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Some common questions on integrated communications.

(This column is part of a weekly question-and-answer series on telecommunication services designed to help real estate professionals compete for and retain tenants.)

Tenants in commercial buildings have come to expect state-of-the-art communications capabilities, including high-speed Internet access as well as Web-based information and local and long distance services. As companies of every size use the Internet to power key functions like sales, distribution and supplier relations, building owners need to provide communications services that allow tenants to operate their businesses in the new "e-economy."

What is an integrated communications provider?

An ICP, or integrated communications provider, offers customers one-stop shopping for all their advanced communications needs including high-speed Internet access and voice, data, video and content services. Some integrated providers also offer related services such as Web hosting, e-commerce support and systems integration. ICP customers receive a single bill for all services, and have a single source for service and support.

I have a modest building portfolio. Is any of the talk about advanced communications services relevant to me?

Absolutely. Your tenants are part of the boom in business use of the Internet. Half a million new business users log on to the Internet each week. Half of medium-sized businesses already have their own Web sites. Forrester Research predicts business to business e-commerce will exceed $1.3 trillion by 2003. Your tenants need broadband communications services to support their expanded use of the Internet, as well as for video-conferencing and data exchange.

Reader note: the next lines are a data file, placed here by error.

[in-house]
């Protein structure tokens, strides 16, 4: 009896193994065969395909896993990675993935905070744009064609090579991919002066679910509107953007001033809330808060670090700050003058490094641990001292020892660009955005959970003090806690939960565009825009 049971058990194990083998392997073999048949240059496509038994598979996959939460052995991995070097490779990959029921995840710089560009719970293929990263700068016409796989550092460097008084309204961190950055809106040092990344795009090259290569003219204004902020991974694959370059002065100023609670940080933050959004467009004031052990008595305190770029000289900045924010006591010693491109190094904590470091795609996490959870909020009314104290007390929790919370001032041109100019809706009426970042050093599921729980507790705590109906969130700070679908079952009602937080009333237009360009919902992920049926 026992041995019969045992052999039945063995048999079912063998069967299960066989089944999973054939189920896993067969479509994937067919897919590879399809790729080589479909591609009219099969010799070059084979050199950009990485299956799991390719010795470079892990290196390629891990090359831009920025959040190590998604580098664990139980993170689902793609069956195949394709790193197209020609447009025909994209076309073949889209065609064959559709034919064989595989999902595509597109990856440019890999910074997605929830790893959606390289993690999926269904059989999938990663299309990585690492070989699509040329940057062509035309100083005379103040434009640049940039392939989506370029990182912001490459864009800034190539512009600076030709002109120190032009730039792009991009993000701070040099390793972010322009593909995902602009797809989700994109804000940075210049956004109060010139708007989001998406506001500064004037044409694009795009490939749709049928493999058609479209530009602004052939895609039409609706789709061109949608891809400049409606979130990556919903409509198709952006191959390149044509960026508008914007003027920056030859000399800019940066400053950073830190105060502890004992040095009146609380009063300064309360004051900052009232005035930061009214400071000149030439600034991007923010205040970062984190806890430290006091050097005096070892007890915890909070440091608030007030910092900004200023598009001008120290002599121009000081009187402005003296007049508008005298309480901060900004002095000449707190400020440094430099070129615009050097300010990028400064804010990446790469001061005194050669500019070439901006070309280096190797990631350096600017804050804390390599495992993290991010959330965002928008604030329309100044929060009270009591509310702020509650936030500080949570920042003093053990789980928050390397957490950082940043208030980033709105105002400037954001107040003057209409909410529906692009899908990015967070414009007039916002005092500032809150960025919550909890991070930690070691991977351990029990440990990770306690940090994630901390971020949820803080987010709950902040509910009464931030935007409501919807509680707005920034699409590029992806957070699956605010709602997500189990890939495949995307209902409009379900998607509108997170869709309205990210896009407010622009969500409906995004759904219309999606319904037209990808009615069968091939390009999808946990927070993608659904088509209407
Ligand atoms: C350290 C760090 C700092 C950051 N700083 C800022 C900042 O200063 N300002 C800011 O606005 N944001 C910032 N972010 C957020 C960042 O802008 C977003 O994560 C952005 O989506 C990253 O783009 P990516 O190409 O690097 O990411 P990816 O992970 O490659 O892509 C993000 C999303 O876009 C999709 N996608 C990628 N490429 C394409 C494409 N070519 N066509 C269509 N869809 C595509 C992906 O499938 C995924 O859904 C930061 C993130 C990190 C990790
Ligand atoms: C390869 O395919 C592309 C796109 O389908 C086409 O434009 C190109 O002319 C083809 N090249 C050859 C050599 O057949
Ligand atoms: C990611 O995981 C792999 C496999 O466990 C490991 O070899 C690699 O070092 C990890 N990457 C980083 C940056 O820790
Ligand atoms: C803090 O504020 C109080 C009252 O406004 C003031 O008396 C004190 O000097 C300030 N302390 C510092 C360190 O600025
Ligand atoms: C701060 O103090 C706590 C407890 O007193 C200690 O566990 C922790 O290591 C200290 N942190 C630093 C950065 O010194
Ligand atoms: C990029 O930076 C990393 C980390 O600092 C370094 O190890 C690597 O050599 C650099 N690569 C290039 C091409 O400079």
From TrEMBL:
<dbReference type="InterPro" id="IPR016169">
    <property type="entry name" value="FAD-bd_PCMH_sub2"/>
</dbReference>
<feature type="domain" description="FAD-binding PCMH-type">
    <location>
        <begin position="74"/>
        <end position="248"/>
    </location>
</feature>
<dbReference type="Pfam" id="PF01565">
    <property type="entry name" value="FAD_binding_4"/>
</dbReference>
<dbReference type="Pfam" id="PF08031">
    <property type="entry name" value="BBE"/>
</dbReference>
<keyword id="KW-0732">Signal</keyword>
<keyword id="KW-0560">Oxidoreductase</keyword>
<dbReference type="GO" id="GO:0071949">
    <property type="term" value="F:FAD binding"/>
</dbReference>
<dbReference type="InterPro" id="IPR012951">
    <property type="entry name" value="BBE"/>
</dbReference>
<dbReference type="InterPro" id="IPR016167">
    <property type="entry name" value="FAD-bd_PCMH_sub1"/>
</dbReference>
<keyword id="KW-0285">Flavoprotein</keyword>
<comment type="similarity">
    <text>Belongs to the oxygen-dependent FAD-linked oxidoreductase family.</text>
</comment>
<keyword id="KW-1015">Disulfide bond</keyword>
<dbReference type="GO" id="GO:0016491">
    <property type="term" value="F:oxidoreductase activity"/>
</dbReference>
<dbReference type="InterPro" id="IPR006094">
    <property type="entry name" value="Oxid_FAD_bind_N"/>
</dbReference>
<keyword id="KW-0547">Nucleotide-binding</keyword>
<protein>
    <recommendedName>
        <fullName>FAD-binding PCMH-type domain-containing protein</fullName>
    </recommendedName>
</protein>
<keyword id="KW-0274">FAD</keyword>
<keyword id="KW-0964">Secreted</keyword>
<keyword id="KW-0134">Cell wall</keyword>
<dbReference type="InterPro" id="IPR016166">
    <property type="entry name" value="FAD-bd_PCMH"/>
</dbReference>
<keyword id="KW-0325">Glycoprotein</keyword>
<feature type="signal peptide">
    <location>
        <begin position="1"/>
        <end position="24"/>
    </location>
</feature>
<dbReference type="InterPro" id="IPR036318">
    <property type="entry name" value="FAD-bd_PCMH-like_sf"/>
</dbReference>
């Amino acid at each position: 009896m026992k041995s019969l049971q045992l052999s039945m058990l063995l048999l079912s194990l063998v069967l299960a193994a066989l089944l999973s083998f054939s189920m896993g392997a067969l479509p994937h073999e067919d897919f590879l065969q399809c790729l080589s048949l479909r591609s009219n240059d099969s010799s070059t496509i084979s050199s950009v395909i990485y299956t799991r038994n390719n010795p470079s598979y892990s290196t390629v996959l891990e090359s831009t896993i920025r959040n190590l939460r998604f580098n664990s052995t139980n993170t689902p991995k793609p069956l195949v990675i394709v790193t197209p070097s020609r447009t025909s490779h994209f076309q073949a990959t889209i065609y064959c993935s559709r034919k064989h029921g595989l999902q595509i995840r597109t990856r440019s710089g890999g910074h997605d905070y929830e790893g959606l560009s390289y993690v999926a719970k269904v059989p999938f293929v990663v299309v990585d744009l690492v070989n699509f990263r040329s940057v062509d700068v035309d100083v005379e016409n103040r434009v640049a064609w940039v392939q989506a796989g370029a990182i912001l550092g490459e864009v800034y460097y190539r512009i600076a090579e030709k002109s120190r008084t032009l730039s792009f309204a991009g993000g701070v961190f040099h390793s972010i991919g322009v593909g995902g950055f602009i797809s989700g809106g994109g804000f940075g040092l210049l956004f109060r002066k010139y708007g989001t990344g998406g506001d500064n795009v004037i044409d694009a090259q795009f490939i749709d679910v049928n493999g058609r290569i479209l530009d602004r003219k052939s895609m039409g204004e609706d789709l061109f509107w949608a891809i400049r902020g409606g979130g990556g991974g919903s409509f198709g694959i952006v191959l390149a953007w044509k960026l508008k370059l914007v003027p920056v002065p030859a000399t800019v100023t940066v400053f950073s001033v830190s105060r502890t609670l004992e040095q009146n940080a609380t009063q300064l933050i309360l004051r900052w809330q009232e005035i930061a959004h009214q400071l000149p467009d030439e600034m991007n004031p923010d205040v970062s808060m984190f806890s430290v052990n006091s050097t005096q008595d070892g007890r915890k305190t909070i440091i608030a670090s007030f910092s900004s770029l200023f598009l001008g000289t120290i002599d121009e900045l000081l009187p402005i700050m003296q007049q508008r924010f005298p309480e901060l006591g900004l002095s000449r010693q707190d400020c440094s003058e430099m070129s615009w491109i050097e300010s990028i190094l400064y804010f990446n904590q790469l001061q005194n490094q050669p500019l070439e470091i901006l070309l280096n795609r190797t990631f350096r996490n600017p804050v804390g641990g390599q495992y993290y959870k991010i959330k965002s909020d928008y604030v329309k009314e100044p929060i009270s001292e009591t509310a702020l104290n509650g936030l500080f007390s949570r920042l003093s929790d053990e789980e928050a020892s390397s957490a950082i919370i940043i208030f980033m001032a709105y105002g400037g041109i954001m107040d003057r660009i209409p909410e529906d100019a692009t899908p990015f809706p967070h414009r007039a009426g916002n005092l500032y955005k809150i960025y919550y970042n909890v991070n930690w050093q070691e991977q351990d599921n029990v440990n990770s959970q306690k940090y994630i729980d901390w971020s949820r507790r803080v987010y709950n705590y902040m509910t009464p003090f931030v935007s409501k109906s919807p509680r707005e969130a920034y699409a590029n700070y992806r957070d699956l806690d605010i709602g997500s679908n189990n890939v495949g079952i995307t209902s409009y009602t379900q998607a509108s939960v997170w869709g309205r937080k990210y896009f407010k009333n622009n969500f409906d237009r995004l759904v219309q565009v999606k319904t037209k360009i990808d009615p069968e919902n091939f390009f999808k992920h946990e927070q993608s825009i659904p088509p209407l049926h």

Do the signals from different types of rooftop antennas interfere with each other?

It depends on the type of antenna. Every antenna is designed to receive and transmit signals in a specific frequency band - its "lane" on the signal highway. Services that operate in close frequency bands adjacent lanes - are more likely to experience signal "accidents" or interference than those farther apart. Pager and cellular antennas may have interference problems, while fixed wireless antennas, which operate many bands higher than other services, will not.

Terms of the Week: Intranet and Extranet.

Companies use Intranets - internal Internets - to broadcast information to employees and collect data within the company. Extranets allow two or more companies to exchange selected information, facilitating supplier relationships and strategic partnerships. Computer security techniques protect Intranets and Extranets from public access.

Rick Uhl is president and COO of Winstar for Buildings.
COPYRIGHT 1999 Hagedorn Publication
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Copyright 1999, Gale Group. All rights reserved. Gale Group is a Thomson Corporation Company.

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Author:Uhl, Rick
Publication:Real Estate Weekly
Date:Nov 17, 1999
Words:386
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